More than thirty years later, Gordon is once again showing at White Columns, this time presenting a retrospective of her work from 1980 to today. Design Office, which references the original early-eighties project and show, opens on September 7 with an exhibition of photographs, videos, sculptures, writings, and paintings. Many of the works have only been seen by a handful of people. “There are really early text pieces like small proposals for stories, paintings of noise bands, watercolors of guys in noise bands, and pictures of Paris Hilton, [as well as] more recent paintings of tweets that I took off Twitter,” explained the artist. “They look kind of minimal, and tie together by way of production value—like, not very good, poor production values. [I used] impure elements like glitter or canvases that are pretty cheap.”
Tweet paintings, like All Animals Have the Same Parts’ Pamela Anderson Retweeted by Richard Prince (top left,) are composed on ripped notebook paper and rest alongside electric-blue-covered twigs and painted jean skirts. A limited-edition solo vinyl recording by Gordon will accompany the exhibition.
The show opens just before the release of Gordon’s new album with noise experimentalist Bill Nace, titled Coming Apart, on September 10. “It’s kind of freer and more textural,” said Gordon, who will perform with Nace at Brooklyn’s Union Pool that night. “Some of it is sort of early Velvet-y…but it’s really like nothing I’ve heard.”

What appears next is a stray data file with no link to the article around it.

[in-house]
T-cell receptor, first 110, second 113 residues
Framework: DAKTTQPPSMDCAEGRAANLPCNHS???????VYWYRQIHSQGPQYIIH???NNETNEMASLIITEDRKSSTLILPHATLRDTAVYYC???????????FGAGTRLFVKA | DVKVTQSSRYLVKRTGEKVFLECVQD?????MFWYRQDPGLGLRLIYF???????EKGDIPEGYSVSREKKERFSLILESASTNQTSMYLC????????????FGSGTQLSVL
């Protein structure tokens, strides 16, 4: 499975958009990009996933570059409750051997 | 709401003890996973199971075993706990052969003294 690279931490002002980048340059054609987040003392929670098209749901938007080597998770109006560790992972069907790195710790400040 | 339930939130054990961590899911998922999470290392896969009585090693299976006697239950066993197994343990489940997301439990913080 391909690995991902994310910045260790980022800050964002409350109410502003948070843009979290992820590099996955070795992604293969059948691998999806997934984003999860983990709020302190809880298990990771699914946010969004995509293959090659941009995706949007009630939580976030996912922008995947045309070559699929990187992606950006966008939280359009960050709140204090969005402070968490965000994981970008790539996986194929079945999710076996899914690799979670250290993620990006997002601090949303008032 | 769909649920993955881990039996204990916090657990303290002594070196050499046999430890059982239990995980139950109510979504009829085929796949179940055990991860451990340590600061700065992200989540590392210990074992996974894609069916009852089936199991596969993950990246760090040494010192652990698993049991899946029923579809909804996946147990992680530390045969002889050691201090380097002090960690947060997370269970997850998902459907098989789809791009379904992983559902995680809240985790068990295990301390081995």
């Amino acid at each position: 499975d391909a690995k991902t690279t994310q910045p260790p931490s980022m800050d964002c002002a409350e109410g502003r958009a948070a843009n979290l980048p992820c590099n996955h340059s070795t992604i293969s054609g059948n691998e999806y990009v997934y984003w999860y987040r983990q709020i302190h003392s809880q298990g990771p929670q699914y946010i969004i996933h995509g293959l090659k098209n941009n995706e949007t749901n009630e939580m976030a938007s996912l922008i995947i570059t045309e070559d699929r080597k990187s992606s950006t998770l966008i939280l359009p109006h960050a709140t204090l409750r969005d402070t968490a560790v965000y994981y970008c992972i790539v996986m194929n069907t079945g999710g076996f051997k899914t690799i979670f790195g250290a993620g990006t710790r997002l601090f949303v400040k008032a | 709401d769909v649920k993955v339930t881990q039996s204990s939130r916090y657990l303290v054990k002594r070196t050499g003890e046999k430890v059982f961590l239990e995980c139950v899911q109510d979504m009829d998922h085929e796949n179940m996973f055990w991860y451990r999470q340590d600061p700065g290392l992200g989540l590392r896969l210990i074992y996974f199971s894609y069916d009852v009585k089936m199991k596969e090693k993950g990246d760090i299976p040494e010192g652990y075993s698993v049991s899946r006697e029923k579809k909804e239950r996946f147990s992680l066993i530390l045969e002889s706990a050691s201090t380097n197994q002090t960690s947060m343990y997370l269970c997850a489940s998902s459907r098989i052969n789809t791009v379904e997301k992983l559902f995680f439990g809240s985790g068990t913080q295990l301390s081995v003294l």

Design Office will be on exhibit from September 7 to October 19 at White Columns Gallery, 320 West 13th Street, New York.
A trip down memory lane today had me thinking about punk and grunge in the early nineties. Following the spate of designer departures, we at Style.com were remembering one of the nineties’ most trumpeted (after the fact, at least) layoffs: Marc Jacobs’ firing from Perry Ellis, following his grunge-inspired Spring ’93 collection. Hindsight’s 20/20: Today, Jacobs is near-untouchable, and that particular collection has gone down in history (or is it infamy?) as one with enduring appeal. Of course, as much credit as Jacobs deserves, he had a little help. I’m thinking of his friends in the actual grunge scene at the time, the ones whose thrifted-or-lifted, tattered-and-layered sensibility helped refine his vision. People like Sonic Youth’s Kim Gordon (above, with Courtney Love) and Thurston Moore—longtime friends of Jacobs—as well as legendary grungesters like Kurt Cobain and J Mascis. They all make up the cast—if you can call it that—of the groundbreaking music doc 1991: The Year Punk Broke, which has, somehow, never made it onto DVD. That is, until this coming fall. To celebrate the 20th anniversary of Dave Markey’s documentary, about Sonic Youth and Nirvana’s 1991 European tour, the film will finally make its way to DVD in September (with extras including commentary by Markey and Moore and a 42-minute film of SY/Nirvana performances). It’s about time. 1991 has long been VHS-only, sending appreciators without VCRs (myself included) to YouTube for our fix. Until the DVD does hit stores this fall, that’s still your best bet, and where you’ll find SY’s performance of “Teenage Riot” from the movie or Gordon and the gang mugging for TV and fooling around (“You promised me there’d be no interesting people in the front row!”). Twenty years on, nineties style is having something of a moment. Once today’s designers get their Netflix queues around this one, can a New Grunge look be far behind?